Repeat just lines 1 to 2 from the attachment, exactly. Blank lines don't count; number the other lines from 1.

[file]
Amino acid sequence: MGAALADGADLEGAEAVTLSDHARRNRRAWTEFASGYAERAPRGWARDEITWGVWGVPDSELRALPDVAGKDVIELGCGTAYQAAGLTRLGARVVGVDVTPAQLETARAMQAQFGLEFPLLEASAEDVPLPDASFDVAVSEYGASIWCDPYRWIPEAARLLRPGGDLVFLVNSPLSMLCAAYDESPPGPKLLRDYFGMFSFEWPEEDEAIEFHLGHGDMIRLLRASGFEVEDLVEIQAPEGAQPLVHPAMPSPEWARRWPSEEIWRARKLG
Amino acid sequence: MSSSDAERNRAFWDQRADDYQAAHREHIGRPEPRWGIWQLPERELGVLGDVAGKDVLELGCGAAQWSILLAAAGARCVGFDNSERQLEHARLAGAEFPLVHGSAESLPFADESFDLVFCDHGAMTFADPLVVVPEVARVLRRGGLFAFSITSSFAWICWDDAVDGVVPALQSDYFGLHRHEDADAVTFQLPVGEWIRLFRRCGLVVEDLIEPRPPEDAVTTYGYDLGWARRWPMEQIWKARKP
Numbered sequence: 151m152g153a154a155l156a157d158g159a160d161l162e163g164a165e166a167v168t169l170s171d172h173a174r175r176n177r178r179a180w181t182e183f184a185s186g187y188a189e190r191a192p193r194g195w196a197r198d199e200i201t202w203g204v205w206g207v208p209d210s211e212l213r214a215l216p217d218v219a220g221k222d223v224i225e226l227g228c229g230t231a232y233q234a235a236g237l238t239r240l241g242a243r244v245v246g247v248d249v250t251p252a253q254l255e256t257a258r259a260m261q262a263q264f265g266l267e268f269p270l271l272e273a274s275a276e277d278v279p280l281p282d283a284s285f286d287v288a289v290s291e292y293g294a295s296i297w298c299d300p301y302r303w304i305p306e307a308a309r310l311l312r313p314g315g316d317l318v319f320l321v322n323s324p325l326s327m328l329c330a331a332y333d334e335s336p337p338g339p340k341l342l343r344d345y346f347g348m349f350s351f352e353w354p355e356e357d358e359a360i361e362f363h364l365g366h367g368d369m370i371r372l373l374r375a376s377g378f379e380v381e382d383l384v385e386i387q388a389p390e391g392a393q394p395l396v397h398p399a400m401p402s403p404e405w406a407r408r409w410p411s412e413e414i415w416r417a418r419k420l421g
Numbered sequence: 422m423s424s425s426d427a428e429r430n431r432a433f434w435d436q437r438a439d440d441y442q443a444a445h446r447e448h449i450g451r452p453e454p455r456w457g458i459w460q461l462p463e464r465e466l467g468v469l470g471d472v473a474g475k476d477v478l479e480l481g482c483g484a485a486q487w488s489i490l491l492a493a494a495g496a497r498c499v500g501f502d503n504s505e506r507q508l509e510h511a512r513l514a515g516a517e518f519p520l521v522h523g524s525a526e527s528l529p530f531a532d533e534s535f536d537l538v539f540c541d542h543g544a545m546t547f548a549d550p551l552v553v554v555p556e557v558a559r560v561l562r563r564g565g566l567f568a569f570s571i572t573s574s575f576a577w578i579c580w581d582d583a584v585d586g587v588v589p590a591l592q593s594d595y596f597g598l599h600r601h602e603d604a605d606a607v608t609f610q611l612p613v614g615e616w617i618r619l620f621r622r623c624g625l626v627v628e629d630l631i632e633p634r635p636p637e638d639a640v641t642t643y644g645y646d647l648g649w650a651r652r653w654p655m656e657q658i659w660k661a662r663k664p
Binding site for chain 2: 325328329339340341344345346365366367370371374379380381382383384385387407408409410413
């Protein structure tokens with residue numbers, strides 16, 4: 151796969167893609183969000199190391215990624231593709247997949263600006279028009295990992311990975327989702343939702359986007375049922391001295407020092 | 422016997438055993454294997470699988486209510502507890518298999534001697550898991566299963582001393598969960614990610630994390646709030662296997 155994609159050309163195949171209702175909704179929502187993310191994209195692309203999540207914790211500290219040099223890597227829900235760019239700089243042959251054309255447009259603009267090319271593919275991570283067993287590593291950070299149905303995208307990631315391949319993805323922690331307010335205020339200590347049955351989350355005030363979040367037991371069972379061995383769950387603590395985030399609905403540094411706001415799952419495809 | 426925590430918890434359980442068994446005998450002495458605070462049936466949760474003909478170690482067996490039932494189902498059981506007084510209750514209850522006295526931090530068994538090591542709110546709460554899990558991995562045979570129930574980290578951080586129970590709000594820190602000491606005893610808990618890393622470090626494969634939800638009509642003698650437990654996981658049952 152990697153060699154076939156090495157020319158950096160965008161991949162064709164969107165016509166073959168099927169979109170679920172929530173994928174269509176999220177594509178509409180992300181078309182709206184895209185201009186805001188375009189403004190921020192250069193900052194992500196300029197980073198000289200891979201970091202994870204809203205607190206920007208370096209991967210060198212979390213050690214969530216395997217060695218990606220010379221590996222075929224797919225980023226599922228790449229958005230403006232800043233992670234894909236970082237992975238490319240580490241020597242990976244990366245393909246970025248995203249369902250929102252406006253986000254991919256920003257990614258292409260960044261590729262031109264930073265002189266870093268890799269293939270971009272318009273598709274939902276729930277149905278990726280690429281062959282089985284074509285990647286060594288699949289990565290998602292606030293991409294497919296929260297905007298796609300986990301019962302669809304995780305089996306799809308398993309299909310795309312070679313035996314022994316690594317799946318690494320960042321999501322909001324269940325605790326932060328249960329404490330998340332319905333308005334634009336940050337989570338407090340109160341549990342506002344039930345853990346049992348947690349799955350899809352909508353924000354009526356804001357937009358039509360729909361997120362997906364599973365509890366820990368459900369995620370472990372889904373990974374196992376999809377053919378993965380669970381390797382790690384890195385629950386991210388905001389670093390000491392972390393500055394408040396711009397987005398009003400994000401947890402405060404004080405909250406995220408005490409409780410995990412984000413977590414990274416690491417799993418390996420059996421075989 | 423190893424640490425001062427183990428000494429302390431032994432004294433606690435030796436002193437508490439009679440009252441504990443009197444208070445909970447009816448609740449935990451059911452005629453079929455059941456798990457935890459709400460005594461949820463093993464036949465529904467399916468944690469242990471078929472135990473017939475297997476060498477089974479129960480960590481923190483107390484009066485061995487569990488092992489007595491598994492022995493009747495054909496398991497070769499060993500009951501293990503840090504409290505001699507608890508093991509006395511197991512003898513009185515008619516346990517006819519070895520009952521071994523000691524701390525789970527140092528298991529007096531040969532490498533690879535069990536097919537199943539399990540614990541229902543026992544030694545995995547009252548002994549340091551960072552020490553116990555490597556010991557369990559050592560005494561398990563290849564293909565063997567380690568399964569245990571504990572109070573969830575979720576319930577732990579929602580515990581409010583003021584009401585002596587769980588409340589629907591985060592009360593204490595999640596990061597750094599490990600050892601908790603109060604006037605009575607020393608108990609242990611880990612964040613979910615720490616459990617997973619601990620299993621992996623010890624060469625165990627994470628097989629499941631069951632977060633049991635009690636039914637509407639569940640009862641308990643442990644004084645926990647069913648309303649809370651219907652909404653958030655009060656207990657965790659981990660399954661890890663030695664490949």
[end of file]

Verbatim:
Amino acid sequence: MGAALADGADLEGAEAVTLSDHARRNRRAWTEFASGYAERAPRGWARDEITWGVWGVPDSELRALPDVAGKDVIELGCGTAYQAAGLTRLGARVVGVDVTPAQLETARAMQAQFGLEFPLLEASAEDVPLPDASFDVAVSEYGASIWCDPYRWIPEAARLLRPGGDLVFLVNSPLSMLCAAYDESPPGPKLLRDYFGMFSFEWPEEDEAIEFHLGHGDMIRLLRASGFEVEDLVEIQAPEGAQPLVHPAMPSPEWARRWPSEEIWRARKLG
Amino acid sequence: MSSSDAERNRAFWDQRADDYQAAHREHIGRPEPRWGIWQLPERELGVLGDVAGKDVLELGCGAAQWSILLAAAGARCVGFDNSERQLEHARLAGAEFPLVHGSAESLPFADESFDLVFCDHGAMTFADPLVVVPEVARVLRRGGLFAFSITSSFAWICWDDAVDGVVPALQSDYFGLHRHEDADAVTFQLPVGEWIRLFRRCGLVVEDLIEPRPPEDAVTTYGYDLGWARRWPMEQIWKARKP